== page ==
Couples are scrimping and scrounging every rupee to make the myriad payments that can’t be done online.

The big fat Indian wedding is on a diet thanks to the cash crunchImage for representation
news Demonetisation Wednesday, November 23, 2016 - 12:37

Vizag-based Anusha’s wedding was fixed late last month, for December 4. She knew preparing for the wedding in just over a month would be difficult. But after all the effort it took to convince her parents to let her marry out of caste, the couple thought it would be best to wrap up the wedding as soon as possible. 

Having conducted the prayers on November 8, Anusha’s family was geared to start preparations from the next day. However, with Prime Minister Narendra Modi’s sudden announcement that evening about Rs 500 and Rs 1,000 notes being demonetized, their plans were thrown into a whirl. And then came the withdrawal limits.

“The provision to enable withdrawal of Rs 2.5 lakh came recently. We tried making as many payments as we could online,” Anusha says. However, when she went to old city in Hyderabad to buy bangles, the small shopkeepers didn’t have card swiping machines and were only accepting cash. 

So Anusha collected a stack of debit cards from family members and relatives, and withdrew Rs 2,000 on each. “Even then, I was hyper-aware of the restless people in the queue behind me,” she says.

India’s wedding industry is worth more than 100,000 crore rupees and is growing by 25%-30% annually, writes Usha Rani Das in Business Insider. And with the peak wedding season ongoing, demonetisation has spelled woes for families with couples getting married in the next two months.   

For Payel, a professor of Mathematics at IIT-Ranchi, and Mrinal Jana, an Assistant Professor at Dehradun, the cash crisis posed another problem – time management. With just a few days to go for their marriage and many preparations pending, the couple are forced to spend a considerable amount of time at banks to get their cash exchanged.

To balance out the cash crisis, the government gave some relief for families organising weddings, by allowing them to withdraw up to Rs 2.5 lakh. But it comes with several caveats:

The amount, allowed to be withdrawn till December 30, will have to be out of the balances at credit "as of close of business on November 8, 2016". The withdrawal can be made by either of the parents or the person getting married.

The withdrawal request has to be accompanied by evidence of the wedding (invitation card) and copies of receipts for advance payments already made – such as marriage hall booking and advance payments to caterers.

There should also be a list of people to whom the money will be paid – along with a declaration that they do not have bank accounts. Clearly, the conditions are quite tough for the Rs 2.5 lakh withdrawal.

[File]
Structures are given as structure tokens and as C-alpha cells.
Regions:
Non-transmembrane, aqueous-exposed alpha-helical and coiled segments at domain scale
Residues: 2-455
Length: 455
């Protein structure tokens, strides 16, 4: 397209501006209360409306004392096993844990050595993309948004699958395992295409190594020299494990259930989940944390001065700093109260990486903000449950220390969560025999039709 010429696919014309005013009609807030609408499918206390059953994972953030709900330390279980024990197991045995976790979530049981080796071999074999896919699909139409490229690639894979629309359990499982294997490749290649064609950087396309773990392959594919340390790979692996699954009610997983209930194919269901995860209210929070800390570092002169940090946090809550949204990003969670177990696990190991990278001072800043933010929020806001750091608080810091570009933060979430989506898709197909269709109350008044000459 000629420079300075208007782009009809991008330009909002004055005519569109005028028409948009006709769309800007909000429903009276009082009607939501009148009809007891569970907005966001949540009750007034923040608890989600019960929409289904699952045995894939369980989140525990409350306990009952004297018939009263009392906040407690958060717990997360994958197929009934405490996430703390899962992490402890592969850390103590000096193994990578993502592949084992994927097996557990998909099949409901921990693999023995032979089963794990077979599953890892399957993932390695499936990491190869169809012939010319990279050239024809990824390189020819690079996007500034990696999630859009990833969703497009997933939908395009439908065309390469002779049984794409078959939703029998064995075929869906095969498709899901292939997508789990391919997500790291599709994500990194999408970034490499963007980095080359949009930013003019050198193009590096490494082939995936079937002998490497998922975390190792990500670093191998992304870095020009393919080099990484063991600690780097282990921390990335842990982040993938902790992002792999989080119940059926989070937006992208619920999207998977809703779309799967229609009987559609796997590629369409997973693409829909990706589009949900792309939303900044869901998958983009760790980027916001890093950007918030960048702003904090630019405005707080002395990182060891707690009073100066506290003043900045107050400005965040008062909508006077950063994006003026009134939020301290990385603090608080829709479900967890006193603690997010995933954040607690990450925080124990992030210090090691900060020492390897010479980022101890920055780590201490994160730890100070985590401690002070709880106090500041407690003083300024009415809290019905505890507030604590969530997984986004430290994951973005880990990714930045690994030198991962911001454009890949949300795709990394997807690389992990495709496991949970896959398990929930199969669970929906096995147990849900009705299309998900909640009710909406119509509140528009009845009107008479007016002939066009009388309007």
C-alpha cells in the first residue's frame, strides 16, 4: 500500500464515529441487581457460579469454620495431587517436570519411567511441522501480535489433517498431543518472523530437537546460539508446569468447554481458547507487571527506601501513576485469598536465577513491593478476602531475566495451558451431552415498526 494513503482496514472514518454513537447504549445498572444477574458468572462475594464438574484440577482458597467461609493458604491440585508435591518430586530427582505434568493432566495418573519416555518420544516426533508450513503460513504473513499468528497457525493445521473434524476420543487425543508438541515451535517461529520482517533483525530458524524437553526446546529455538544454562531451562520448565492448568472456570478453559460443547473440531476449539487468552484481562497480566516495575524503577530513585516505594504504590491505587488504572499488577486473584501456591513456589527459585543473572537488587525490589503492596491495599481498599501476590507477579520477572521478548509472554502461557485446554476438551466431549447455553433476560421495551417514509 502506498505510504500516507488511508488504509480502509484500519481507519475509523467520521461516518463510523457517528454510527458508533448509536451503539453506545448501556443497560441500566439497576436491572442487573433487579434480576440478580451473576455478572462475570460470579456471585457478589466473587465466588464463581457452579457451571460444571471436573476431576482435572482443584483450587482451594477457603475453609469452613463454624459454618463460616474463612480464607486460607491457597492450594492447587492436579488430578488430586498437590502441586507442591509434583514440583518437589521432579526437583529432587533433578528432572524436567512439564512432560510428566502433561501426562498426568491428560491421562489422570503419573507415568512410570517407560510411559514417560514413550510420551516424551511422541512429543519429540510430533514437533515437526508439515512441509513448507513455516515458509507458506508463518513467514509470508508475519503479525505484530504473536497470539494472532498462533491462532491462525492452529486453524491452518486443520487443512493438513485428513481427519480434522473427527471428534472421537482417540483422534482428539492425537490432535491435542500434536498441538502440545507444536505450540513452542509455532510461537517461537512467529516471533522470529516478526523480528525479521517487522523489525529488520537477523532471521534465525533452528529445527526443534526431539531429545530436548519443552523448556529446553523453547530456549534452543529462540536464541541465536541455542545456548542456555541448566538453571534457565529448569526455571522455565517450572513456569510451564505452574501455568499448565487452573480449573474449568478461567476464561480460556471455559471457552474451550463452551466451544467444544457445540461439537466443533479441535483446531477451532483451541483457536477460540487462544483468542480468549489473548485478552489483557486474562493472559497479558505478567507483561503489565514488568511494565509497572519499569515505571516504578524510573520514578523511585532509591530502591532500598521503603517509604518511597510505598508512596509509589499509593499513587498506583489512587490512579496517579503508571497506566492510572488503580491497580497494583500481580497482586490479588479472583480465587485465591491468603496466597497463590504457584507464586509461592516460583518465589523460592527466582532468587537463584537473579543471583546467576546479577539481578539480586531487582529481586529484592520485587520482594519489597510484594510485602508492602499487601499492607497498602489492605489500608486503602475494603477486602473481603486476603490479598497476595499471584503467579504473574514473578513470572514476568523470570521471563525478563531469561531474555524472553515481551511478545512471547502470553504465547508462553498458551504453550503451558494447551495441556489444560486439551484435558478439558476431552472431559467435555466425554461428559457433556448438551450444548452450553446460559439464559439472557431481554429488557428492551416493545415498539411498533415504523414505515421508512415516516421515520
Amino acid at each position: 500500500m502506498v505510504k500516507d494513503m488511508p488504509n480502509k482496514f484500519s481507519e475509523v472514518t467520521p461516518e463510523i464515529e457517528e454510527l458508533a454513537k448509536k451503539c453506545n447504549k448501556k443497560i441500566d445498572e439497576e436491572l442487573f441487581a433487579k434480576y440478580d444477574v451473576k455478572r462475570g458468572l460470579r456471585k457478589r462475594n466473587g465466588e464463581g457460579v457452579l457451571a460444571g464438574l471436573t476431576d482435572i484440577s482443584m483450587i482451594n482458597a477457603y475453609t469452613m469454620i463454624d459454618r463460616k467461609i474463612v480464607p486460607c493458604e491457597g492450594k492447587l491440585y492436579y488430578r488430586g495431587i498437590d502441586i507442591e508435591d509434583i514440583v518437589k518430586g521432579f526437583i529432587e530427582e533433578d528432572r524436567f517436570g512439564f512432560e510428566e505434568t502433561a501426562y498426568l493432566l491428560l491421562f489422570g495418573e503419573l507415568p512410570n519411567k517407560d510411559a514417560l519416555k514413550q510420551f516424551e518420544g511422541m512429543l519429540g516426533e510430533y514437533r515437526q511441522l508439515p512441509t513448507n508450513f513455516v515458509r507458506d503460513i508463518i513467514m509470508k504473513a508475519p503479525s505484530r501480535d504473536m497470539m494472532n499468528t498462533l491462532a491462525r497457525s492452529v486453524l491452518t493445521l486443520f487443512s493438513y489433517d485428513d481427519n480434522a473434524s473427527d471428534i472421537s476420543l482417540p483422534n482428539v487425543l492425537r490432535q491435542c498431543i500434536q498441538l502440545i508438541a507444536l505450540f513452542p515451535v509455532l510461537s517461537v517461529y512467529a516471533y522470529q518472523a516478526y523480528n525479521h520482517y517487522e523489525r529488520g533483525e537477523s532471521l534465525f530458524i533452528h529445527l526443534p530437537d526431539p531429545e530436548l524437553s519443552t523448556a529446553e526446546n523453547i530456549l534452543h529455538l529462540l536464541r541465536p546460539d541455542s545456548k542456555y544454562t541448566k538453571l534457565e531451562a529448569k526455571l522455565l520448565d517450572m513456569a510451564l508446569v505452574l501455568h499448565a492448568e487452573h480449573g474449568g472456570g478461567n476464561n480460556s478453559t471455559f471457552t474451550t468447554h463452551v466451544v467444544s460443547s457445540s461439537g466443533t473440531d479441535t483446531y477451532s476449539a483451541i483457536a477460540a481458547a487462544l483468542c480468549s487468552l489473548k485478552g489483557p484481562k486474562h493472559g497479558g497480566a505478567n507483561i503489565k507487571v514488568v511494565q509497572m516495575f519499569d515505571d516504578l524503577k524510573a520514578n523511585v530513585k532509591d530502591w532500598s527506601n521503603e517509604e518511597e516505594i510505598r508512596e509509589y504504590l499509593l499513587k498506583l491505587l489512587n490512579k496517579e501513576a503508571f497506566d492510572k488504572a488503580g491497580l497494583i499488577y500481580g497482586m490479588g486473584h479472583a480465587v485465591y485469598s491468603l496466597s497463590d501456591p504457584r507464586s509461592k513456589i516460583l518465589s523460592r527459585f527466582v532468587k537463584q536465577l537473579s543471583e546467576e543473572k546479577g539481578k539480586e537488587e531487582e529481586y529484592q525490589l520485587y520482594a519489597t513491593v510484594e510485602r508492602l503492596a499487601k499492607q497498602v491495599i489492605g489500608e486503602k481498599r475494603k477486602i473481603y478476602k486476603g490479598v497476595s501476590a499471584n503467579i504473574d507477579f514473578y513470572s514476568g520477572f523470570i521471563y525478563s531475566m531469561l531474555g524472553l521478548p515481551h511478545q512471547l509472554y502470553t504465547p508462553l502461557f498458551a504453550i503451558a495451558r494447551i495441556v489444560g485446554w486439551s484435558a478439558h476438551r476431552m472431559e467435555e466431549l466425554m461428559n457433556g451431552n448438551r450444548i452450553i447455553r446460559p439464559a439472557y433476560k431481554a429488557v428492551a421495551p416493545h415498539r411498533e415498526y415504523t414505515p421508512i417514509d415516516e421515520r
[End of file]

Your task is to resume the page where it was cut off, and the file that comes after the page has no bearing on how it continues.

For 27-year-old Sonia, the problem was the banks simply turning them away saying they could not give that much money. “We managed to make a few payments online. But the man who was supposed to provide the buses for transporting us and our guests insisted that we pay him the advance in cash,” she complains. Her wedding is scheduled for the end of January.

While the man agreed to an online payment after Sonia’s father spent a lot of time convincing him, she says that her father stays very tense these days. “He is worried about how we will manage to pay for smaller things like garlands and decorations. Even Rs 5,000-6,000 is not enough. I’m worried about his health,” she says. 

Even wedding planners are feeling the heat. "Clients are also telling us to cut down on the scale of events if we do not accept old Rs 500 and Rs 1,000 notes," Subhadeep Banerjee, a Kolkata-based wedding planner, says.

In other cases, clients are either requesting wedding planners to take payments in old notes or delay them.

Noor Khan, co-founder of Bengaluru-based Wedding Tales, observes that NRI clients are faring better because most of their payments have already been done online. The local clients have been left in a lurch. “They are either asking to delay the payments or offering to pay in installments, because they can only exchange or withdraw a limited amount,” she explains. 

But it’s the smaller traders like flower vendors, who are the worst hit. Noor has started transacting with bigger vendors who can take online payments or cheques. However, Anjali Ratnam, who runs Rings and Roses with her parents, says that for decorations like that of the mandap, you cannot avoid going to the local flower market. 

“Most of our clients already withdrew money to pay for these vendors and are working people. They urge us to accept the payment in demonetised currency because they don’t have the time to stand in bank queues,” Anjali says. As a result, they often have to send their own office assistants to banks to deposit or exchange the notes. “The other day, he (the assistant) had to stand in line for five hours,” she says.

However, Noor says that people and vendors are generally considerate of the situation and are willing to make adjustments. “At the end of the day, they know it is for a wedding. I think everyone is just rallying together to make it happen as well as they can at this time,” she says.

 

(With inputs from Milinda Ghosh Roy, IANS)

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